All the Light We Cannot See won the Pulitzer in 2015 and it is easy to see why. From start to finish, this story is written with incredibly beautiful prose and the characters are totally real as we weave in and out of their lives from their pre-war childhood histories to the end of their lives. There are two main characters, Marie-Laure LeBlanc, a resident of Paris, France, and Werner Pfenigg, born in Zollverein, Germany. Each of these characters has three main people in their lives.
The story begins in August, 1944 with Allied bombers dropping leaflets over the fortified coastal town of Saint-Malo, France:
At dusk they pour from the sky. They blow across the ramparts, turn cartwheels over rooftops, flutter into the ravines between houses. Entire streets swirl with them, flashing white against the cobbles. Urgent message to the inhabitants of this town, they say. Depart immediately to open country.
The tide climbs. The moon hangs small and yellow and gibbous. On the rooftops of beachfront hotels to the east, and in the gardens behind them, a half dozen American artillery units drop incendiary rounds into the mouths of mortars.
The tension is set up right from the beginning. The bombers come. We meet the girl. We know she is blind and alone in the house. She has no sense of time because the church bells no longer chime the hours. She finds a paper stuck in the shutter, its flapping the only sound breaking the eerie silence. We know she cannot read the warning.
We meet the boy. He’s in the basement of the once magnificent hotel with two other German soldiers, debris piled around and above them, the stairway inaccessible, their radio broken.
Then Doerr takes us to 1934 and the childhood of our heroes: Marie-Laure, blind from age six, her doting father, the key-keeper of the National Museum of Natural History, patiently creating a scale model of the houses and streets around their house and teaching Marie-Laure the routes she must take to his work, to the park, to all the nearby places they like to go, until he is certain she cannot get lost if she has to walk it on her own. Werner, born in a mining town, he and his sister Jutta orphaned when their father died in the mine, destined to go to the mine himself and never leave this miserable town with its constant coal dust over everything, yet interested in everything scientific and born with a special skill to understand anything to do with radios. He makes his bedroom in the attic so that at night he and Jutta can listen to radio broadcasts from everywhere. They find a wonderful voice late at night that explains nature and science in a way that children can understand and Werner’s imagination is thoroughly captivated.
[His] favourite is about light: eclipses and sundials, auroras and wavelengths. What do we call visible light? We call it color. But the electromagnetic spectrum runs to zero in one direction and infinity in the other, so really, children, mathematically, all of light is invisible. (p.53)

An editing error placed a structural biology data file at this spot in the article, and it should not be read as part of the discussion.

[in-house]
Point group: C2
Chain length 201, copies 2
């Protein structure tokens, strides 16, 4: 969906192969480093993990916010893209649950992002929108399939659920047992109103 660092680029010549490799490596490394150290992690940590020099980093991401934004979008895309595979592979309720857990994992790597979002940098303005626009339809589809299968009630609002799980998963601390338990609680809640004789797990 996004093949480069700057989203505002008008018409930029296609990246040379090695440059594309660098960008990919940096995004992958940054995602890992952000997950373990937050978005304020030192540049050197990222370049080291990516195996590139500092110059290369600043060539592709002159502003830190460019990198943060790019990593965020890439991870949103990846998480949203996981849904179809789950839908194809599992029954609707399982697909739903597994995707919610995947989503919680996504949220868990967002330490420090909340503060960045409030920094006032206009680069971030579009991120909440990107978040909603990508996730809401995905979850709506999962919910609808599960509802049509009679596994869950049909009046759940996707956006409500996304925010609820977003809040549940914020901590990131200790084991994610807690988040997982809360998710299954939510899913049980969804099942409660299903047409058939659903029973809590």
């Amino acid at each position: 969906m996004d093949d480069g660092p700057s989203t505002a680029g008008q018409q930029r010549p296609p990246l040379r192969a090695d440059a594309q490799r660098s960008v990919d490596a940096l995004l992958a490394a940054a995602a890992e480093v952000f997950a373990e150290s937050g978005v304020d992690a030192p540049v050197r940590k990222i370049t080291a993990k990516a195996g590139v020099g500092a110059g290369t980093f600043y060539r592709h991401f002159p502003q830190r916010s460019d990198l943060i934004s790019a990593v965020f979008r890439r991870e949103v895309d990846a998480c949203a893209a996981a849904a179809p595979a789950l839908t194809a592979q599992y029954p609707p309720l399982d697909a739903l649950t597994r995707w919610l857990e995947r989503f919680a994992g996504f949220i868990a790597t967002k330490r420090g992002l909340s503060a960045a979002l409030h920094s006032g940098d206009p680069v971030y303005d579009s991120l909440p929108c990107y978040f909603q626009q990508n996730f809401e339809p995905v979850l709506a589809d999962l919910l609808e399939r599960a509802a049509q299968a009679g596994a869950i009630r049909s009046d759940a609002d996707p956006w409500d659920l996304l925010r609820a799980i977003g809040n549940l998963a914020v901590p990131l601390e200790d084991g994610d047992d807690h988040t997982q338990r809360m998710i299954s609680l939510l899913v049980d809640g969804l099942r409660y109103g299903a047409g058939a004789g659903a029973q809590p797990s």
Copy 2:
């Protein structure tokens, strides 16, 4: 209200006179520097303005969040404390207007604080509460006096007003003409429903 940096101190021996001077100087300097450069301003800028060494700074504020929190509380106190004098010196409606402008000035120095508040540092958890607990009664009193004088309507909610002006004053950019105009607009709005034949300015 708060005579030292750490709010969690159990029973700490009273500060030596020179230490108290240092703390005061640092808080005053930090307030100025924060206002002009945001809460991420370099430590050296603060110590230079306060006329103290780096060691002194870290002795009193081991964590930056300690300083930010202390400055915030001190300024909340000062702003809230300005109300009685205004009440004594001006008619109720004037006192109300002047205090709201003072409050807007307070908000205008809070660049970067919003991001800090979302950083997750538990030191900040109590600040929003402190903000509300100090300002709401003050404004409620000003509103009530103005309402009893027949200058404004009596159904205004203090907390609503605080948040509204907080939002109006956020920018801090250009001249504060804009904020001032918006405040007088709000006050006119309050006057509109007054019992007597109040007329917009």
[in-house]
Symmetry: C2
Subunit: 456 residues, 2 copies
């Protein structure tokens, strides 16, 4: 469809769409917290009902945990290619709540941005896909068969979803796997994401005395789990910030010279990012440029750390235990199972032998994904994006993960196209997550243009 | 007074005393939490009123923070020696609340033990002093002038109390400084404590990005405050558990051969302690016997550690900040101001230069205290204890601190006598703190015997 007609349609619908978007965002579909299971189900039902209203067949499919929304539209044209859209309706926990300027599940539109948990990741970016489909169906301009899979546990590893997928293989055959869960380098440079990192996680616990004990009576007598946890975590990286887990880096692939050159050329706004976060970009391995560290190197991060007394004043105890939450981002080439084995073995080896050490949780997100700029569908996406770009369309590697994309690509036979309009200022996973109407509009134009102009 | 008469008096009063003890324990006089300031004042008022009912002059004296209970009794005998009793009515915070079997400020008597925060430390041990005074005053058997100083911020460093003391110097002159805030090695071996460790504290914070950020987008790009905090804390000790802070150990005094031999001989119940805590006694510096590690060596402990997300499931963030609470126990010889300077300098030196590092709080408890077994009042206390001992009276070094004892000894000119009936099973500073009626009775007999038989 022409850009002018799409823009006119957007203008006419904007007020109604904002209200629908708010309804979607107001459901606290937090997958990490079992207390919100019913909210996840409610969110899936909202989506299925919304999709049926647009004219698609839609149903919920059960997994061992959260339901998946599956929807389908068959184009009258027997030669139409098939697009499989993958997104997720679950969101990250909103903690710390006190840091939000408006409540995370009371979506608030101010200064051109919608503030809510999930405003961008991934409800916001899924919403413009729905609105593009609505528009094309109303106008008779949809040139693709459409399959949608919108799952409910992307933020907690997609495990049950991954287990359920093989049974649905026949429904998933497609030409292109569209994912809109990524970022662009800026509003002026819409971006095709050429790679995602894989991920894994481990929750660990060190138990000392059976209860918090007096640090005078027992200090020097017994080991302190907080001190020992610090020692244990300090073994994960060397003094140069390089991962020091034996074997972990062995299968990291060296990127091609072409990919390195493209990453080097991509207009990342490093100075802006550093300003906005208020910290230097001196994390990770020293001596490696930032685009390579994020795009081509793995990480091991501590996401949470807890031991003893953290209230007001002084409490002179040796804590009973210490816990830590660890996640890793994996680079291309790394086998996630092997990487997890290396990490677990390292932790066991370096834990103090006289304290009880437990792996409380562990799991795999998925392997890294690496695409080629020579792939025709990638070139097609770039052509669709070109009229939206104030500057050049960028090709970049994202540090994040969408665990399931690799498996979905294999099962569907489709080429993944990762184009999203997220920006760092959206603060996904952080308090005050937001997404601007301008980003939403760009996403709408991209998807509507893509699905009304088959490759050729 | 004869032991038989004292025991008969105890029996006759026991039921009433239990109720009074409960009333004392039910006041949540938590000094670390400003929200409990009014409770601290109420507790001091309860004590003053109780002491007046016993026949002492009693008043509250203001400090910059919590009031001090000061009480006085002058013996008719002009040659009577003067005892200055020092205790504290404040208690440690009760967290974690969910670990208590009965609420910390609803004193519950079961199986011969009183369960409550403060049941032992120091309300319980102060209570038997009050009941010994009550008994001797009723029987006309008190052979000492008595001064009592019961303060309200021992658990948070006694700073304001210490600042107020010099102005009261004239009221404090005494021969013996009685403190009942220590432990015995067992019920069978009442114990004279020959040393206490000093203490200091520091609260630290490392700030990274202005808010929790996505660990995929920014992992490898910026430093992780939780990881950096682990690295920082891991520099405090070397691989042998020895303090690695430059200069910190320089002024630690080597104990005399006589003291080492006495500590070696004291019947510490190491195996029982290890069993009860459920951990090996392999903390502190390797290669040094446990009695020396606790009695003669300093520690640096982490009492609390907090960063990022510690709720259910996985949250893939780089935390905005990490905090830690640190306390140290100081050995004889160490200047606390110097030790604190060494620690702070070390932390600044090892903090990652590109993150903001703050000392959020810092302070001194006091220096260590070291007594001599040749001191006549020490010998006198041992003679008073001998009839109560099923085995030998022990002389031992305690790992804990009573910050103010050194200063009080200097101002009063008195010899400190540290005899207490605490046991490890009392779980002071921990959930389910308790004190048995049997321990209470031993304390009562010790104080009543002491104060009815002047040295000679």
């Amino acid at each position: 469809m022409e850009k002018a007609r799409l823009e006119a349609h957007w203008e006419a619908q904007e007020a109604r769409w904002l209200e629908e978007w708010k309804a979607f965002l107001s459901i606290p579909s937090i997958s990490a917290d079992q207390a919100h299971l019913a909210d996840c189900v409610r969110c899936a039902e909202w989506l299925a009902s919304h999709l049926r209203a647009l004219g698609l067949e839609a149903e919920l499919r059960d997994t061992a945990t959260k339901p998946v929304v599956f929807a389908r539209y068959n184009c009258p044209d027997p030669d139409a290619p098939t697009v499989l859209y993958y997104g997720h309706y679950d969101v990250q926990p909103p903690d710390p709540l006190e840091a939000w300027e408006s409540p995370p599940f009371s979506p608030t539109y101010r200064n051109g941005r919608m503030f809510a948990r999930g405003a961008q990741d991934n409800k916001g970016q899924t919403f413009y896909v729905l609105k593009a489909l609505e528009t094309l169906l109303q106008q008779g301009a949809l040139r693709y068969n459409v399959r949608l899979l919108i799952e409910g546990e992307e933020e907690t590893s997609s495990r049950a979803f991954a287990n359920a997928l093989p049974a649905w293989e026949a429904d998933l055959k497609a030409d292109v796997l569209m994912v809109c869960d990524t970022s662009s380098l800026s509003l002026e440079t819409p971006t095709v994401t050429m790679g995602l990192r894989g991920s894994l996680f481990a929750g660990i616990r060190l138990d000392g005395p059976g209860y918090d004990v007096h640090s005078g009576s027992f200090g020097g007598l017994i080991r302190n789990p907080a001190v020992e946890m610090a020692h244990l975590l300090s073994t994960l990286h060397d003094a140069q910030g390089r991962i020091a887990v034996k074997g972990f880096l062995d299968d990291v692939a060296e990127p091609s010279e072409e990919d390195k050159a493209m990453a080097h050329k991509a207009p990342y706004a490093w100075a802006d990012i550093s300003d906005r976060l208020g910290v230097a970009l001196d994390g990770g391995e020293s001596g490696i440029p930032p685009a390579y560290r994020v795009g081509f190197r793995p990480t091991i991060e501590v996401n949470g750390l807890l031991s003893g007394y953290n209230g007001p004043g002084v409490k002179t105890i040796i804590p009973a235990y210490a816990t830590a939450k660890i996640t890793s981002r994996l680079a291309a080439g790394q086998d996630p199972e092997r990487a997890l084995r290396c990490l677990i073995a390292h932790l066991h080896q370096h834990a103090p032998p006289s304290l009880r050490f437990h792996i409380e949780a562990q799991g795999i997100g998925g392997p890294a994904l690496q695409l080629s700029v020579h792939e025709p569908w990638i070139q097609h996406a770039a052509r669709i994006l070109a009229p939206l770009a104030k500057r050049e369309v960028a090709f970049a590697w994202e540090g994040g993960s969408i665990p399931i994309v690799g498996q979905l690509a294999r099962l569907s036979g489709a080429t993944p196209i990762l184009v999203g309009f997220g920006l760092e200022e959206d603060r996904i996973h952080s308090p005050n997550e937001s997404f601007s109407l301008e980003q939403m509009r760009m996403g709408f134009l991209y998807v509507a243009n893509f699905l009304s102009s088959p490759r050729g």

There are thirteen sections to the book telling the two stories at different periods of time — childhood, the early war days, the coming of the Allies, and, finally, the present day: 2014. The stories of Marie-Laure and Werner, originally told separately, contain hints of overlapping at some point, and, miraculously, they do overlap eventually, if briefly. The stories are at various times delightful, poignant, frightening, angering, and hopeful.
Werner escapes one horror, that of living always in that mining town, only to become part of another with only letters from his sister, the memories of those ethereal lessons over the radio in his childhood, his expertise with radio transmitters of all kinds and his giant of a friend, Volkheimer, to keep his mind away from the killing all around him.
Marie-Laure leaves Paris with her father to stay with a friend of the director of the Museum only to find the house abandoned and looted and so they travel on to Brittany and Saint-Malo, where her Uncle Etienne lives by the sea and Madame Manec keeps house for him. What Marie-Laure doesn’t know is that her father is carrying a special stone from the Museum — it could be a fake, or it could be the real thing — the director has had three copies made and sent them and the real diamond in four different directions to keep it from the Nazis. When her father is recalled to Paris, he is arrested. Madame Manec creates her own ring of defiant housewives who smuggle messages to Uncle Etienne who relays them over his one radio in the attic which escaped the German sweep — the radio he and his brother used to send little lessons of science to children across Europe.
This is an extremely powerful story. It didn’t end the way I thought or hoped it would but it was none-the-less satisfying and it is still sinking in. The prose impacts the reader at every turn; you can open at any page and read randomly and the words sweep over you in an almost magical way. It drives the story home in a real and compelling way. * * * * *